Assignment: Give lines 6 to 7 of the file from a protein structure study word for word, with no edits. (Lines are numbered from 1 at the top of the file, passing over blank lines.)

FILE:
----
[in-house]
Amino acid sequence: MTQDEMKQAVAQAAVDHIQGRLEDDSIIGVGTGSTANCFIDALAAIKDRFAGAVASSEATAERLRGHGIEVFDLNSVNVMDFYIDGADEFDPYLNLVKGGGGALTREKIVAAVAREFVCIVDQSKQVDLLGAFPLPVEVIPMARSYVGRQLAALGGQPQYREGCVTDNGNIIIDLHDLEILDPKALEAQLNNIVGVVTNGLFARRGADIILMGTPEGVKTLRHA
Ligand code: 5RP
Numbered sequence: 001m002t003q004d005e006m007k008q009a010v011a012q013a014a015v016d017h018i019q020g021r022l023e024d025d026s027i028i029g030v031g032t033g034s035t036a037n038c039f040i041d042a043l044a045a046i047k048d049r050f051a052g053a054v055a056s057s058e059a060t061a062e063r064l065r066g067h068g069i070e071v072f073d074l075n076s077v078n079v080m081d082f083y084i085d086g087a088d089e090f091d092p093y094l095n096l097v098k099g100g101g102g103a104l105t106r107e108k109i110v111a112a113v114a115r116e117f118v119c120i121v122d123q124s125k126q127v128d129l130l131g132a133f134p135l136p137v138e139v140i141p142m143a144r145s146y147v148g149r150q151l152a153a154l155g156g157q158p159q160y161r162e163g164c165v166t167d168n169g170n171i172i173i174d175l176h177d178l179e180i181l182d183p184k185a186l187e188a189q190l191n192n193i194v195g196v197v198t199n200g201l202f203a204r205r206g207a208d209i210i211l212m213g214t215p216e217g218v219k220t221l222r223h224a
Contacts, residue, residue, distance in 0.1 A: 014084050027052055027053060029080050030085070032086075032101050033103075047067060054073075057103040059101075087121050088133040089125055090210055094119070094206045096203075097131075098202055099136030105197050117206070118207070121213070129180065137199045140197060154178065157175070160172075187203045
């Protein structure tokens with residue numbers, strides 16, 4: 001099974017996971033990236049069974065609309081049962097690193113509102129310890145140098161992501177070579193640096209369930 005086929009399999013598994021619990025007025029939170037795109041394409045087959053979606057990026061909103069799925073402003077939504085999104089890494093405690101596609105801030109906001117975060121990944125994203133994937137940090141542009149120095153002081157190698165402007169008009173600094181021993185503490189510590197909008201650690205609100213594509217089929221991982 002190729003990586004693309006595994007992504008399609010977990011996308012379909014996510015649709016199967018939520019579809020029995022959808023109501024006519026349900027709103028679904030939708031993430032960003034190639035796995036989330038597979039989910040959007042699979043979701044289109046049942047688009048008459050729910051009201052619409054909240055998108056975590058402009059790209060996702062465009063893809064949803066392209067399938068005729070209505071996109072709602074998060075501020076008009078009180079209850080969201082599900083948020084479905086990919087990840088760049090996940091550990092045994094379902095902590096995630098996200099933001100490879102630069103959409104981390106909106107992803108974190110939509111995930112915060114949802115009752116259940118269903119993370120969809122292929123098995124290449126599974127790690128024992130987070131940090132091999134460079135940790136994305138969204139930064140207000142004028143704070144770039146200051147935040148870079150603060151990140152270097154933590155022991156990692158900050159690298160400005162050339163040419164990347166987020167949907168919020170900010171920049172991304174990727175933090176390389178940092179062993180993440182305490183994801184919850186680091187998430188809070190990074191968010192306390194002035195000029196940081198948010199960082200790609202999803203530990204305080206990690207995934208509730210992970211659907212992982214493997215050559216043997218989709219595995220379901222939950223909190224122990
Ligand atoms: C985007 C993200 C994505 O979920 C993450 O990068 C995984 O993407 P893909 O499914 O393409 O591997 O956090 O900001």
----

């Protein structure tokens with residue numbers, strides 16, 4: 001099974017996971033990236049069974065609309081049962097690193113509102129310890145140098161992501177070579193640096209369930 005086929009399999013598994021619990025007025029939170037795109041394409045087959053979606057990026061909103069799925073402003077939504085999104089890494093405690101596609105801030109906001117975060121990944125994203133994937137940090141542009149120095153002081157190698165402007169008009173600094181021993185503490189510590197909008201650690205609100213594509217089929221991982 002190729003990586004693309006595994007992504008399609010977990011996308012379909014996510015649709016199967018939520019579809020029995022959808023109501024006519026349900027709103028679904030939708031993430032960003034190639035796995036989330038597979039989910040959007042699979043979701044289109046049942047688009048008459050729910051009201052619409054909240055998108056975590058402009059790209060996702062465009063893809064949803066392209067399938068005729070209505071996109072709602074998060075501020076008009078009180079209850080969201082599900083948020084479905086990919087990840088760049090996940091550990092045994094379902095902590096995630098996200099933001100490879102630069103959409104981390106909106107992803108974190110939509111995930112915060114949802115009752116259940118269903119993370120969809122292929123098995124290449126599974127790690128024992130987070131940090132091999134460079135940790136994305138969204139930064140207000142004028143704070144770039146200051147935040148870079150603060151990140152270097154933590155022991156990692158900050159690298160400005162050339163040419164990347166987020167949907168919020170900010171920049172991304174990727175933090176390389178940092179062993180993440182305490183994801184919850186680091187998430188809070190990074191968010192306390194002035195000029196940081198948010199960082200790609202999803203530990204305080206990690207995934208509730210992970211659907212992982214493997215050559216043997218989709219595995220379901222939950223909190224122990
Ligand atoms: C985007 C993200 C994505 O979920 C993450 O990068 C995984 O993407 P893909 O499914 O393409 O591997 O956090 O900001």